The synthesis and isolation of a nitrogen-embedded polycyclic compound with strong antiaromaticity and stability was achieved for the first time by a research group at Ehime University. This result was published on October 2, 2019 in the Journal of the American Chemical Society.
Aromaticity is one of the most important concepts in chemistry, which has the influence on fundamental properties of cyclic conjugated compounds. In general, compounds with 4n+2 π electrons in the ring are stable due to their aromatic nature, and are widely used around us: from plastics to pharmaceuticals, and from dyes to organic electronics materials. On the other hand, antiaromatic compounds with 4n π electrons in the ring lack stability, and thus research on the synthesis and characterization of such compounds remains to be elucidated. In this report, an expedited approach toward a nitrogen-embedded antiaromatic compound with strong antiaromaticity and stability is presented. The new compounds were efficiently synthesized in just three steps from commercially available reagents via a substitution reaction and successive intramolecular Schooll and Vilsmeier-type reactions. Detailed investigation revealed its strong antiaromaticity and stability even in air.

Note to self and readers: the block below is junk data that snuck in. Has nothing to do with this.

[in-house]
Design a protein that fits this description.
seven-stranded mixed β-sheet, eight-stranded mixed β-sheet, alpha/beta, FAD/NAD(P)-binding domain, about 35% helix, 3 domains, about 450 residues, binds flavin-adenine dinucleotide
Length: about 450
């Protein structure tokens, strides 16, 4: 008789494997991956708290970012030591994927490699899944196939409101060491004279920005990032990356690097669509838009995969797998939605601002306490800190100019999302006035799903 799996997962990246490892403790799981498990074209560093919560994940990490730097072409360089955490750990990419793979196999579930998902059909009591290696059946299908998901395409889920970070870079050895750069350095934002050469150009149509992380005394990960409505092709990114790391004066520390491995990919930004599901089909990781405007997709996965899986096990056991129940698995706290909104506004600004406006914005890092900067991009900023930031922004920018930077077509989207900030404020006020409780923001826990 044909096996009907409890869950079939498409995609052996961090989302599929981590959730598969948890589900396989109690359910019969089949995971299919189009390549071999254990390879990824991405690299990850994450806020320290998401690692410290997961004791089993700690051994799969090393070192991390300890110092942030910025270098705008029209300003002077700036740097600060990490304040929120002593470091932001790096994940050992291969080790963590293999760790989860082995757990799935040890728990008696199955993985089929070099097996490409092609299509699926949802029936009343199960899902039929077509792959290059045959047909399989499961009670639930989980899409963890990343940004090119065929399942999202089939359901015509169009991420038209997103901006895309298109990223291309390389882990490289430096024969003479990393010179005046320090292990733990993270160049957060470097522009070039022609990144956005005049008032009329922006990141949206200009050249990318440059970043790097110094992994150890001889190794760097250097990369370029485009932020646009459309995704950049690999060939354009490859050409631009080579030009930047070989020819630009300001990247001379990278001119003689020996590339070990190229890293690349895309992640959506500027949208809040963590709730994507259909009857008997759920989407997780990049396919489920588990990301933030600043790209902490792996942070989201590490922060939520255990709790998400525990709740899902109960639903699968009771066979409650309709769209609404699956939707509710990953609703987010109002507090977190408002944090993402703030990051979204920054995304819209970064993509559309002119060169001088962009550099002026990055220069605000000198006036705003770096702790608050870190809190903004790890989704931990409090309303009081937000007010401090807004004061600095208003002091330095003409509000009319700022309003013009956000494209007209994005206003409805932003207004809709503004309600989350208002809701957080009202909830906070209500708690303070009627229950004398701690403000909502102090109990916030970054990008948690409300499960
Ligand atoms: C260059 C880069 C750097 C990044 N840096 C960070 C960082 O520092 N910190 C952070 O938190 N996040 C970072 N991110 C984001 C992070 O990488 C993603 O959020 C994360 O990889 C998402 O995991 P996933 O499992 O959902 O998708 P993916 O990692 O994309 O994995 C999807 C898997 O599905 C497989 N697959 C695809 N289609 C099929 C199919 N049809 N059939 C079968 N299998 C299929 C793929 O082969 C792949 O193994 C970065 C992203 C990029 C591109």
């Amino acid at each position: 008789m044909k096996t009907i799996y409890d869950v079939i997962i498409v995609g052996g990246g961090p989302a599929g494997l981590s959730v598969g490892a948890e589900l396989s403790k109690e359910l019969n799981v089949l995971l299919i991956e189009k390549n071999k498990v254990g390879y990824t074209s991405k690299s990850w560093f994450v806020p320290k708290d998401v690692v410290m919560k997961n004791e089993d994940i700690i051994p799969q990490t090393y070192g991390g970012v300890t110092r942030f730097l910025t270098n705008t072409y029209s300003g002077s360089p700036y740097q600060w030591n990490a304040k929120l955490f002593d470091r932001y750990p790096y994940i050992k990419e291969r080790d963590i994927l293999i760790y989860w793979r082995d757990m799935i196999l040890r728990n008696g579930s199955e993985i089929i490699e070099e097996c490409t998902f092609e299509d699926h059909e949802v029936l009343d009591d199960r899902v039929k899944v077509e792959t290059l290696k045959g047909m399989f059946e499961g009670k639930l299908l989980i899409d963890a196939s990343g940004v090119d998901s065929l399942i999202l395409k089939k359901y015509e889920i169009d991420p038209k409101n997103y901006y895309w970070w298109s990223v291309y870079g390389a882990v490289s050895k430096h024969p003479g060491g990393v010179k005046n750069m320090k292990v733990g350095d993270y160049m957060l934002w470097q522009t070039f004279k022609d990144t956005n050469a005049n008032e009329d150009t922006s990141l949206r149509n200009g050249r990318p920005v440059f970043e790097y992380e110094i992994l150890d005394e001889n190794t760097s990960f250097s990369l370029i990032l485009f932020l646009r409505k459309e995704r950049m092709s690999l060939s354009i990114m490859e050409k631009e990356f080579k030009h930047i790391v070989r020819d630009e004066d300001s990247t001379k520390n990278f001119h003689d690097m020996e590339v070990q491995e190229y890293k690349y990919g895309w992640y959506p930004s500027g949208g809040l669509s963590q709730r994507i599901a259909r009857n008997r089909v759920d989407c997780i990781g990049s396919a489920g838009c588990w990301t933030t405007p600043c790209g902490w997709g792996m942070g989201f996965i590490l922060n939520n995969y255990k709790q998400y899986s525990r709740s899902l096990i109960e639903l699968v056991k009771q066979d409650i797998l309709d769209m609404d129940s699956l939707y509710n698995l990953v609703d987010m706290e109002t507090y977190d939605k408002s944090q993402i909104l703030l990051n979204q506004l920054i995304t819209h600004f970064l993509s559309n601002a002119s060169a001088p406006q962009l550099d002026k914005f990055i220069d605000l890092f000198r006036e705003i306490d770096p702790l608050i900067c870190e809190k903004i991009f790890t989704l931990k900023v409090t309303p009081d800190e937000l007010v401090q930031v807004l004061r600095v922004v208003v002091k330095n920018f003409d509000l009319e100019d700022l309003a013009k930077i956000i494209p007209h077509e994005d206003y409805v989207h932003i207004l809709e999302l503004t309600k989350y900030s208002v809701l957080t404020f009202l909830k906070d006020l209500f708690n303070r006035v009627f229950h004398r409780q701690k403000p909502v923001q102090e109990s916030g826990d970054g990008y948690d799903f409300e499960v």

Recently, polycyclic compounds have been studied as graphene-like molecules with a discrete structure. But compounds with aromaticity and antiaromaticity have been limited mainly to annulenes and porphyrins. This report presents the first nitrogen-embedded polycyclic compound with antiaromaticity. The easy access to such compounds enables not only the revealing of its fundamental properties but also its application to organic electronic materials.